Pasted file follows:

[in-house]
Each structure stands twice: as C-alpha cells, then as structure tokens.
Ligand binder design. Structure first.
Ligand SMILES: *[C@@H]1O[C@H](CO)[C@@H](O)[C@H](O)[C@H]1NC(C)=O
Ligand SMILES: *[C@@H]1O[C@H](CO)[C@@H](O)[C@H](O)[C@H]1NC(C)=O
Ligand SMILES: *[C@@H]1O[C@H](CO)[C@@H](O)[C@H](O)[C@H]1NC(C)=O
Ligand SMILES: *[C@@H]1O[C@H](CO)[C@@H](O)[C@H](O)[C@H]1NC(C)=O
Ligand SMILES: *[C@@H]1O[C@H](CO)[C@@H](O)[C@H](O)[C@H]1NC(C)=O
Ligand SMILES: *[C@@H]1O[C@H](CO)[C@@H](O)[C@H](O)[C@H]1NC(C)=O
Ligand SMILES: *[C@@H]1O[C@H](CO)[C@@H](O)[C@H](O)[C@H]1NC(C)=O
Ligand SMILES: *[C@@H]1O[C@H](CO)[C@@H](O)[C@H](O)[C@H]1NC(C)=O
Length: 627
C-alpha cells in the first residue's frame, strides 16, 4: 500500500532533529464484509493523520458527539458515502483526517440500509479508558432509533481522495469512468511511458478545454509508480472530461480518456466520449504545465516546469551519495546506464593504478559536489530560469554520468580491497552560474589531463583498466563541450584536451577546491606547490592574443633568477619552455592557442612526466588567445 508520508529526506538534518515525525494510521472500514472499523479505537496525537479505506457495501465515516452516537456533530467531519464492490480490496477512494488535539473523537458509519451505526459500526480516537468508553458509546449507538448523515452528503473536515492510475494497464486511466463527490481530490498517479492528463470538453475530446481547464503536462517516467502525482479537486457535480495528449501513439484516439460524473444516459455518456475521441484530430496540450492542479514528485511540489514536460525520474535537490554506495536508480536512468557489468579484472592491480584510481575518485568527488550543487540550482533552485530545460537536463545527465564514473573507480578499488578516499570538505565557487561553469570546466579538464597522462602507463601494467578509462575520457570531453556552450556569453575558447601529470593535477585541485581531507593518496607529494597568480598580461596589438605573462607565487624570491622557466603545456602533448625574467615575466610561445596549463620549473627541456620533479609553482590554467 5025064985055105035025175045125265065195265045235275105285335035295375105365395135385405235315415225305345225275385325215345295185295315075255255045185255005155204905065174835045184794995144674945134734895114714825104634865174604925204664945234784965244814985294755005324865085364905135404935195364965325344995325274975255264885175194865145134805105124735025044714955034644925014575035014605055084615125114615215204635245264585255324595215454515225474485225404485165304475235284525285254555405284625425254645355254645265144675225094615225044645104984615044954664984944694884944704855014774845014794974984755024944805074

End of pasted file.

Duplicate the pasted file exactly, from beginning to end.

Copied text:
[in-house]
Each structure stands twice: as C-alpha cells, then as structure tokens.
Ligand binder design. Structure first.
Ligand SMILES: *[C@@H]1O[C@H](CO)[C@@H](O)[C@H](O)[C@H]1NC(C)=O
Ligand SMILES: *[C@@H]1O[C@H](CO)[C@@H](O)[C@H](O)[C@H]1NC(C)=O
Ligand SMILES: *[C@@H]1O[C@H](CO)[C@@H](O)[C@H](O)[C@H]1NC(C)=O
Ligand SMILES: *[C@@H]1O[C@H](CO)[C@@H](O)[C@H](O)[C@H]1NC(C)=O
Ligand SMILES: *[C@@H]1O[C@H](CO)[C@@H](O)[C@H](O)[C@H]1NC(C)=O
Ligand SMILES: *[C@@H]1O[C@H](CO)[C@@H](O)[C@H](O)[C@H]1NC(C)=O
Ligand SMILES: *[C@@H]1O[C@H](CO)[C@@H](O)[C@H](O)[C@H]1NC(C)=O
Ligand SMILES: *[C@@H]1O[C@H](CO)[C@@H](O)[C@H](O)[C@H]1NC(C)=O
Length: 627
C-alpha cells in the first residue's frame, strides 16, 4: 500500500532533529464484509493523520458527539458515502483526517440500509479508558432509533481522495469512468511511458478545454509508480472530461480518456466520449504545465516546469551519495546506464593504478559536489530560469554520468580491497552560474589531463583498466563541450584536451577546491606547490592574443633568477619552455592557442612526466588567445 508520508529526506538534518515525525494510521472500514472499523479505537496525537479505506457495501465515516452516537456533530467531519464492490480490496477512494488535539473523537458509519451505526459500526480516537468508553458509546449507538448523515452528503473536515492510475494497464486511466463527490481530490498517479492528463470538453475530446481547464503536462517516467502525482479537486457535480495528449501513439484516439460524473444516459455518456475521441484530430496540450492542479514528485511540489514536460525520474535537490554506495536508480536512468557489468579484472592491480584510481575518485568527488550543487540550482533552485530545460537536463545527465564514473573507480578499488578516499570538505565557487561553469570546466579538464597522462602507463601494467578509462575520457570531453556552450556569453575558447601529470593535477585541485581531507593518496607529494597568480598580461596589438605573462607565487624570491622557466603545456602533448625574467615575466610561445596549463620549473627541456620533479609553482590554467 5025064985055105035025175045125265065195265045235275105285335035295375105365395135385405235315415225305345225275385325215345295185295315075255255045185255005155204905065174835045184794995144674945134734895114714825104634865174604925204664945234784965244814985294755005324865085364905135404935195364965325344995325274975255264885175194865145134805105124735025044714955034644925014575035014605055084615125114615215204635245264585255324595215454515225474485225404485165304475235284525285254555405284625425254645355254645265144675225094615225044645104984615044954664984944694884944704855014774845014794974984755024944805074